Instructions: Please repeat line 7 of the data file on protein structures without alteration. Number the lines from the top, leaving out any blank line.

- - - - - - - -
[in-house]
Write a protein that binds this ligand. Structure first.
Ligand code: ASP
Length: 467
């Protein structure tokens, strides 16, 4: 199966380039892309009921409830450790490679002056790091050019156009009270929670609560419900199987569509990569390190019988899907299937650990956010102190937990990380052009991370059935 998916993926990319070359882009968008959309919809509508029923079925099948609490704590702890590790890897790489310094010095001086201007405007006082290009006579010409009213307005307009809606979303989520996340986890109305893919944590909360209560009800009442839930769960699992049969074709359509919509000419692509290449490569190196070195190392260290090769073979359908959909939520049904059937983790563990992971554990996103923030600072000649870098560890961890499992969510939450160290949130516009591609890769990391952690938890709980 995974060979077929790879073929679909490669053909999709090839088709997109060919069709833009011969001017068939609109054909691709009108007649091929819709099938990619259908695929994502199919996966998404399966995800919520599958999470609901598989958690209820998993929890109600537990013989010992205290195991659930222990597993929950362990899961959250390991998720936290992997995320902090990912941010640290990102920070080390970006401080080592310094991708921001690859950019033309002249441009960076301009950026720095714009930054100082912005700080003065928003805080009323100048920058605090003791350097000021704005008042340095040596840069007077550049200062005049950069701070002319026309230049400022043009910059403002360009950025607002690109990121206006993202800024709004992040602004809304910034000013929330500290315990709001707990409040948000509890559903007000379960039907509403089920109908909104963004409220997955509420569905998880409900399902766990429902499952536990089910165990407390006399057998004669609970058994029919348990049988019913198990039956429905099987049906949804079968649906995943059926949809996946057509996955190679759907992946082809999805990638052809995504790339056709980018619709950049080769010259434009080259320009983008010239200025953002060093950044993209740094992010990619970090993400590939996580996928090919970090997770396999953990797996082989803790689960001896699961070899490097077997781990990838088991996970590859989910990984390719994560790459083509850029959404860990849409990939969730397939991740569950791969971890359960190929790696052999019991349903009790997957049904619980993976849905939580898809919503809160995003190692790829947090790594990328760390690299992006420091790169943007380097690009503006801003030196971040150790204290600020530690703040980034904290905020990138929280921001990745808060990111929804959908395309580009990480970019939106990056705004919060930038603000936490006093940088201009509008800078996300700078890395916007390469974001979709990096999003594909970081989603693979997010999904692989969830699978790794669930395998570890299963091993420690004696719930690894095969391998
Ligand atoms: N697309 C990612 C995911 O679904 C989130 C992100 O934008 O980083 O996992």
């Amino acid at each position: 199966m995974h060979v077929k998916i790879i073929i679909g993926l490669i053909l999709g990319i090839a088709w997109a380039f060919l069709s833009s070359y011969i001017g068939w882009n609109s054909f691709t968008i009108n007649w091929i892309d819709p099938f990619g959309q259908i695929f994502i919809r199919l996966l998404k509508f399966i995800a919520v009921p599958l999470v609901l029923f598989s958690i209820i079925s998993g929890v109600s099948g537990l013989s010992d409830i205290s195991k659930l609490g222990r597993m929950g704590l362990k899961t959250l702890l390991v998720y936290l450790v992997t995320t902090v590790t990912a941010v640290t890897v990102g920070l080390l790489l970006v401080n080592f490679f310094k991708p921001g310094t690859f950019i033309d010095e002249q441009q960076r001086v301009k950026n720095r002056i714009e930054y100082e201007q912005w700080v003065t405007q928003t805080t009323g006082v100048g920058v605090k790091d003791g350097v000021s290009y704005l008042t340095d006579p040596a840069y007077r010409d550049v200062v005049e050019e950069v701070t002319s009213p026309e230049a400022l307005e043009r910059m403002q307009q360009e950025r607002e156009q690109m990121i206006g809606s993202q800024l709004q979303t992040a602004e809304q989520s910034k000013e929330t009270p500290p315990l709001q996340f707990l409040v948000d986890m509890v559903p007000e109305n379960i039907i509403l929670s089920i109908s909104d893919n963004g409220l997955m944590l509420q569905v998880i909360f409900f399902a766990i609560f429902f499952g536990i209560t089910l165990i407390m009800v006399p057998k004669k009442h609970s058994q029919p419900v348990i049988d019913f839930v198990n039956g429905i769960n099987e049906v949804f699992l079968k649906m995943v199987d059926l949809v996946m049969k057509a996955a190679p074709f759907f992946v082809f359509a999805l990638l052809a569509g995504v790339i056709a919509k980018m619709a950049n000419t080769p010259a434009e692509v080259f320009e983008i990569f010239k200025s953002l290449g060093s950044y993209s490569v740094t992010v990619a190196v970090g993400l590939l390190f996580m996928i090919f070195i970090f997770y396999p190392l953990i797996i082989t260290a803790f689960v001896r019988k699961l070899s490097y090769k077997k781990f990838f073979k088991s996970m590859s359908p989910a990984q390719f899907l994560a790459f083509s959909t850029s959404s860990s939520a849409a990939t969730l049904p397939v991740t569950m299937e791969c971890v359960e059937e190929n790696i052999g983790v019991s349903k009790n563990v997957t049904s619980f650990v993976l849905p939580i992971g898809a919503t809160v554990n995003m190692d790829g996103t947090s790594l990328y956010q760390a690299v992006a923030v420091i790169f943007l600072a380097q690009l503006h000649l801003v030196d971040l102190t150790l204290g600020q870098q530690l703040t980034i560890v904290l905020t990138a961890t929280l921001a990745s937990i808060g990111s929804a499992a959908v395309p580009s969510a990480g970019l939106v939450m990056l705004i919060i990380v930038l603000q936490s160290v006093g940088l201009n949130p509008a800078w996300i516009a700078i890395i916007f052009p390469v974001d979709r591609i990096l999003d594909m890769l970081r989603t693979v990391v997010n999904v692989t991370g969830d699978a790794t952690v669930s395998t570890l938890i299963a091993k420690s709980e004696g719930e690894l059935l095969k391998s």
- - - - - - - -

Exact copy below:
């Amino acid at each position: 199966m995974h060979v077929k998916i790879i073929i679909g993926l490669i053909l999709g990319i090839a088709w997109a380039f060919l069709s833009s070359y011969i001017g068939w882009n609109s054909f691709t968008i009108n007649w091929i892309d819709p099938f990619g959309q259908i695929f994502i919809r199919l996966l998404k509508f399966i995800a919520v009921p599958l999470v609901l029923f598989s958690i209820i079925s998993g929890v109600s099948g537990l013989s010992d409830i205290s195991k659930l609490g222990r597993m929950g704590l362990k899961t959250l702890l390991v998720y936290l450790v992997t995320t902090v590790t990912a941010v640290t890897v990102g920070l080390l790489l970006v401080n080592f490679f310094k991708p921001g310094t690859f950019i033309d010095e002249q441009q960076r001086v301009k950026n720095r002056i714009e930054y100082e201007q912005w700080v003065t405007q928003t805080t009323g006082v100048g920058v605090k790091d003791g350097v000021s290009y704005l008042t340095d006579p040596a840069y007077r010409d550049v200062v005049e050019e950069v701070t002319s009213p026309e230049a400022l307005e043009r910059m403002q307009q360009e950025r607002e156009q690109m990121i206006g809606s993202q800024l709004q979303t992040a602004e809304q989520s910034k000013e929330t009270p500290p315990l709001q996340f707990l409040v948000d986890m509890v559903p007000e109305n379960i039907i509403l929670s089920i109908s909104d893919n963004g409220l997955m944590l509420q569905v998880i909360f409900f399902a766990i609560f429902f499952g536990i209560t089910l165990i407390m009800v006399p057998k004669k009442h609970s058994q029919p419900v348990i049988d019913f839930v198990n039956g429905i769960n099987e049906v949804f699992l079968k649906m995943v199987d059926l949809v996946m049969k057509a996955a190679p074709f759907f992946v082809f359509a999805l990638l052809a569509g995504v790339i056709a919509k980018m619709a950049n000419t080769p010259a434009e692509v080259f320009e983008i990569f010239k200025s953002l290449g060093s950044y993209s490569v740094t992010v990619a190196v970090g993400l590939l390190f996580m996928i090919f070195i970090f997770y396999p190392l953990i797996i082989t260290a803790f689960v001896r019988k699961l070899s490097y090769k077997k781990f990838f073979k088991s996970m590859s359908p989910a990984q390719f899907l994560a790459f083509s959909t850029s959404s860990s939520a849409a990939t969730l049904p397939v991740t569950m299937e791969c971890v359960e059937e190929n790696i052999g983790v019991s349903k009790n563990v997957t049904s619980f650990v993976l849905p939580i992971g898809a919503t809160v554990n995003m190692d790829g996103t947090s790594l990328y956010q760390a690299v992006a923030v420091i790169f943007l600072a380097q690009l503006h000649l801003v030196d971040l102190t150790l204290g600020q870098q530690l703040t980034i560890v904290l905020t990138a961890t929280l921001a990745s937990i808060g990111s929804a499992a959908v395309p580009s969510a990480g970019l939106v939450m990056l705004i919060i990380v930038l603000q936490s160290v006093g940088l201009n949130p509008a800078w996300i516009a700078i890395i916007f052009p390469v974001d979709r591609i990096l999003d594909m890769l970081r989603t693979v990391v997010n999904v692989t991370g969830d699978a790794t952690v669930s395998t570890l938890i299963a091993k420690s709980e004696g719930e690894l059935l095969k391998s």